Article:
Objective: To explore the prevalence and microbiology of urinary tract infection (UTI) in symptomatic men in a primary care setting and to determine the appropriateness of patient management of these conditions by the general practitioners.
Methods: A cross-sectional survey was carried out matching documentation of symptoms and management with urine culture and results of susceptibility tests. All patients presenting with symptoms typical for a UTI in 36 teaching general practices in the area of Göttingen, Germany, were eligible for enrolment in the study. 15% (n = 90) of all patients were adult men. General practitioners (GPs) were instructed to manage patients as usual. Patient characteristics, dipstick tests and treatment were matched with results of urine cultures and susceptibility testing.
Results: Men presenting with symptoms indicative of UTI were predominantly elderly (median age 61 years) and 41% had additional risk factors. Antibiotics were prescribed for 36%, but these were not well-targeted. Urine culture revealed UTI in 60%, of which half had low colony counts (23% of all patients) or multiple bacterial growth (7%); 40% had sterile urine. Dipstick tests proved unhelpful: leukocytes and nitrite had sensitivities of 54% and 38%, specificities of 55% and 84%, positive predictive values of 65% and 78% and negative predictive values of 44% and 46%, respectively. Resistance levels were 53% for amoxicillin and cefaclor, 28% for cefixim, 22% for ciprofloxacin, 34% for both trimethoprim as individual substance and the combination with sulfamethoxazole (cotrimoxazole) and 25% for nitrofurantoin.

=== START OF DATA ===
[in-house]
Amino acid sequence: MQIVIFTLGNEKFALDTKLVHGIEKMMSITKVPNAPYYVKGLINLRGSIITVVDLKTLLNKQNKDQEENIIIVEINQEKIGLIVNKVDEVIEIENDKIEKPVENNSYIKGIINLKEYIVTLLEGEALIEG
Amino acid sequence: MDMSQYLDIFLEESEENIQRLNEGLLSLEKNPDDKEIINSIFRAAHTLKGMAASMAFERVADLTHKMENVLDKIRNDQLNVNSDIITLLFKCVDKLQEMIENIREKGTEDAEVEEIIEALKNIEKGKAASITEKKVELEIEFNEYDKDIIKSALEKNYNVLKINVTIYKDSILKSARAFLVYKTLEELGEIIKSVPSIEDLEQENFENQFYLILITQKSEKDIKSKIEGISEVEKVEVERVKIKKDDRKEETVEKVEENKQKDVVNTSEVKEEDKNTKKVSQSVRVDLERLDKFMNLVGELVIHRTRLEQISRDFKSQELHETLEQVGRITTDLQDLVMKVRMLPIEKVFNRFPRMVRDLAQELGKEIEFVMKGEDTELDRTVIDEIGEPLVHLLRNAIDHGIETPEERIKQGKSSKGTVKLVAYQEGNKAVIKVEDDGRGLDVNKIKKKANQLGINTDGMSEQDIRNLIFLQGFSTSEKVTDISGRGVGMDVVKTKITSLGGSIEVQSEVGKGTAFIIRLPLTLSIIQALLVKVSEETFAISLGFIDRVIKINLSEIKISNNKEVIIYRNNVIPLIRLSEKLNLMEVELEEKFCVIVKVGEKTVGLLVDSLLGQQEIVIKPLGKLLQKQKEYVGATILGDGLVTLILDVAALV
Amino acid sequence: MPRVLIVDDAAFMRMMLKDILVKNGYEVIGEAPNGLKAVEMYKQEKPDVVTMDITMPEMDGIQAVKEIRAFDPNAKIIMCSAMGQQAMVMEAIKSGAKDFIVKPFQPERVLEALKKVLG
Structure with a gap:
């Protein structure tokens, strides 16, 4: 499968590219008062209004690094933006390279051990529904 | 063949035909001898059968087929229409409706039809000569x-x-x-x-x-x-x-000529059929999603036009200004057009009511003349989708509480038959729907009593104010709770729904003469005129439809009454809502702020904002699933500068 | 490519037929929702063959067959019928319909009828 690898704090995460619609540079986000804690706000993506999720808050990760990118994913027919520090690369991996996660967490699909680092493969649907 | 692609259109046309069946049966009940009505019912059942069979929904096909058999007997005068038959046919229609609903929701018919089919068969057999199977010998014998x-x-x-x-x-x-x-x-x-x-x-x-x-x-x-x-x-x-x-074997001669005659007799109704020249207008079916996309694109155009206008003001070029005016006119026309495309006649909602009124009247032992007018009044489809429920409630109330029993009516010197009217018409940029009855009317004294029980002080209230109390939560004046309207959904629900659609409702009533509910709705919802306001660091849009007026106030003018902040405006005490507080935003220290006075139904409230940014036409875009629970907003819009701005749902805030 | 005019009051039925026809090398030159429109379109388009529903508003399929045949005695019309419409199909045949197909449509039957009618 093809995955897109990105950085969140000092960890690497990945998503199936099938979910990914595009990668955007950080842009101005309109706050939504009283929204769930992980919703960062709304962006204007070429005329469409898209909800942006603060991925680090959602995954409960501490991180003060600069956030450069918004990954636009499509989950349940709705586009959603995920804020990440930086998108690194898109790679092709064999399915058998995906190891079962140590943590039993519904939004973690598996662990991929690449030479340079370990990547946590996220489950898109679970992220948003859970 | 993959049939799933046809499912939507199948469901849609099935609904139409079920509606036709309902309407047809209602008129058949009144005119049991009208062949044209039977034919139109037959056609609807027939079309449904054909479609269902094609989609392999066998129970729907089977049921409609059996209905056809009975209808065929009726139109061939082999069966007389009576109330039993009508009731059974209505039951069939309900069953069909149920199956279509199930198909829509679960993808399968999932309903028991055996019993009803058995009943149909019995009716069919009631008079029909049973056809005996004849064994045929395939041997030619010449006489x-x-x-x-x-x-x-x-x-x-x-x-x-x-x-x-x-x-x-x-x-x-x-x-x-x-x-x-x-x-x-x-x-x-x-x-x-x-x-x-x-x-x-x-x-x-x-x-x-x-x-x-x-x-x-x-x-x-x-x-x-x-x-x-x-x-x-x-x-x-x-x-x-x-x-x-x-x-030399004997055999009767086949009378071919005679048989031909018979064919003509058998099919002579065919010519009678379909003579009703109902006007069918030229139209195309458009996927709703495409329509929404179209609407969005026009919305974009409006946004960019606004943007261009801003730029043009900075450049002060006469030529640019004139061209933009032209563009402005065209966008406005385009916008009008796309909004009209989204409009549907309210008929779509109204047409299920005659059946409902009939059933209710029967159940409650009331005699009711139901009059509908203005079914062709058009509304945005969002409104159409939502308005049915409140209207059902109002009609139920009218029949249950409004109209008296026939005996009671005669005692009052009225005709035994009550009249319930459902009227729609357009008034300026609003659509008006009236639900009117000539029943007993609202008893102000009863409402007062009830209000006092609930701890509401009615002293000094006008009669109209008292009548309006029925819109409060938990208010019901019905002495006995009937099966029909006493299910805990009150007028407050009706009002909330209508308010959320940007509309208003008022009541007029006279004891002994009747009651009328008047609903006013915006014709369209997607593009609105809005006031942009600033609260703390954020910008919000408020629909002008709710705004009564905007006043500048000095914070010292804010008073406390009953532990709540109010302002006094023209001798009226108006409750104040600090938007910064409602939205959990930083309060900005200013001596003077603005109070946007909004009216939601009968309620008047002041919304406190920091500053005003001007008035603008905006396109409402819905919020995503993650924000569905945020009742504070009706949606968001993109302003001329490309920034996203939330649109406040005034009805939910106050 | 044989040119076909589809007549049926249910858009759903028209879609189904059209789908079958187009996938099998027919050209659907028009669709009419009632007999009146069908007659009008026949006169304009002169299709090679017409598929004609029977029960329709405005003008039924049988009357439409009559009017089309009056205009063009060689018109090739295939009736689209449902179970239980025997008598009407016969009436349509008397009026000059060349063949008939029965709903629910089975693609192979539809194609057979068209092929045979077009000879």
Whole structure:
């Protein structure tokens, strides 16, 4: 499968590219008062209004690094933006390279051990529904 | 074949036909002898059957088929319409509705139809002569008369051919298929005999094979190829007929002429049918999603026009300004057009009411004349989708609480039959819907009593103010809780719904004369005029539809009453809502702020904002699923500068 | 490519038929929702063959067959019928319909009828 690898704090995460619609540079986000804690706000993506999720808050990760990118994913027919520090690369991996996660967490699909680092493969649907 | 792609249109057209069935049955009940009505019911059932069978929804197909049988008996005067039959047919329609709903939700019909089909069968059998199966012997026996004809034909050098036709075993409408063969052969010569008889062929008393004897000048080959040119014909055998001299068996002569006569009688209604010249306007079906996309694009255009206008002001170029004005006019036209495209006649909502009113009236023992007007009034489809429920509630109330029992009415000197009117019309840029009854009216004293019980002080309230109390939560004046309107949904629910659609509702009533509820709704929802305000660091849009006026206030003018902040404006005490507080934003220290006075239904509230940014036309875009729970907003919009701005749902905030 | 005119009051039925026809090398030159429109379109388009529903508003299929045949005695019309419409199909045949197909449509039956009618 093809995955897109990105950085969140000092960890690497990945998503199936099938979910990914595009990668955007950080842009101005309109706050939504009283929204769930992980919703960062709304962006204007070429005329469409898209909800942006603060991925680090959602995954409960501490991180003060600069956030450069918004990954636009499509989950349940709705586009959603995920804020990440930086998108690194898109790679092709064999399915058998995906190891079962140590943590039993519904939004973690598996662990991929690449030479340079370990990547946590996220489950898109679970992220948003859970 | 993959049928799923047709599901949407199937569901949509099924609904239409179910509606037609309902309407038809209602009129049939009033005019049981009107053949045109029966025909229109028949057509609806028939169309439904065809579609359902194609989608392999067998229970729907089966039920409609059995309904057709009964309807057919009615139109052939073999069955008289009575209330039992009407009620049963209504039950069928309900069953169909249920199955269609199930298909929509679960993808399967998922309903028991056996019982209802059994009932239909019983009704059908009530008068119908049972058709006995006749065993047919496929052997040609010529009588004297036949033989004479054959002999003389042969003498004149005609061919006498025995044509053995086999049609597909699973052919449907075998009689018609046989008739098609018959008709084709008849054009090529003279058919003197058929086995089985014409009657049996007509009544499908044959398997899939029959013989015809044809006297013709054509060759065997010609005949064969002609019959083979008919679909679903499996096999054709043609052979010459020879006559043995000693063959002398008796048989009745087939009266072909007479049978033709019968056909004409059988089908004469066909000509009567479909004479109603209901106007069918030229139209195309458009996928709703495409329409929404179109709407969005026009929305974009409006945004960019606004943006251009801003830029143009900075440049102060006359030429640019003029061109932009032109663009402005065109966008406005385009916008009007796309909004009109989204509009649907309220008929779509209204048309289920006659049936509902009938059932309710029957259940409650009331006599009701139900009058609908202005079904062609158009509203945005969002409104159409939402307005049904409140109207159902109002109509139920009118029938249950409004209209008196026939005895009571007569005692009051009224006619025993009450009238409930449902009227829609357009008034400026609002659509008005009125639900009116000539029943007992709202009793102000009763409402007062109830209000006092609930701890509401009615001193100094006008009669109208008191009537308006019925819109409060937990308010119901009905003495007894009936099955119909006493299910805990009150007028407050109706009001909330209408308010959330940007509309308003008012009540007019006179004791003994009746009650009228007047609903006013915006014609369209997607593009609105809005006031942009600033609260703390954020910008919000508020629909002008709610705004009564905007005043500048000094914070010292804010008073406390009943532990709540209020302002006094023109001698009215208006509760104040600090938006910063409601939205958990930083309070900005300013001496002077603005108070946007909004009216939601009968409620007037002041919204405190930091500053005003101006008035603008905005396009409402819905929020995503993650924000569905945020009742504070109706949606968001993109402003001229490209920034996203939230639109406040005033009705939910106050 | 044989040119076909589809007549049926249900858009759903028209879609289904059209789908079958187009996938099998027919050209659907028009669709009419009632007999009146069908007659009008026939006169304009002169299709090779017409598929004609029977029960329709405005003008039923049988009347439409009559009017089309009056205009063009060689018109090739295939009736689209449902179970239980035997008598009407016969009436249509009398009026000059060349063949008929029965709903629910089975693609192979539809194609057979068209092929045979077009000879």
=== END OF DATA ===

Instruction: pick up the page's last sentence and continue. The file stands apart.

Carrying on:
Conclusion: Men with symptoms indicative of a UTI should not be treated empirically. A urine culture and antibiogram should be obtained before a treatment decision is made. A low-count UTI was common and should not be considered normal.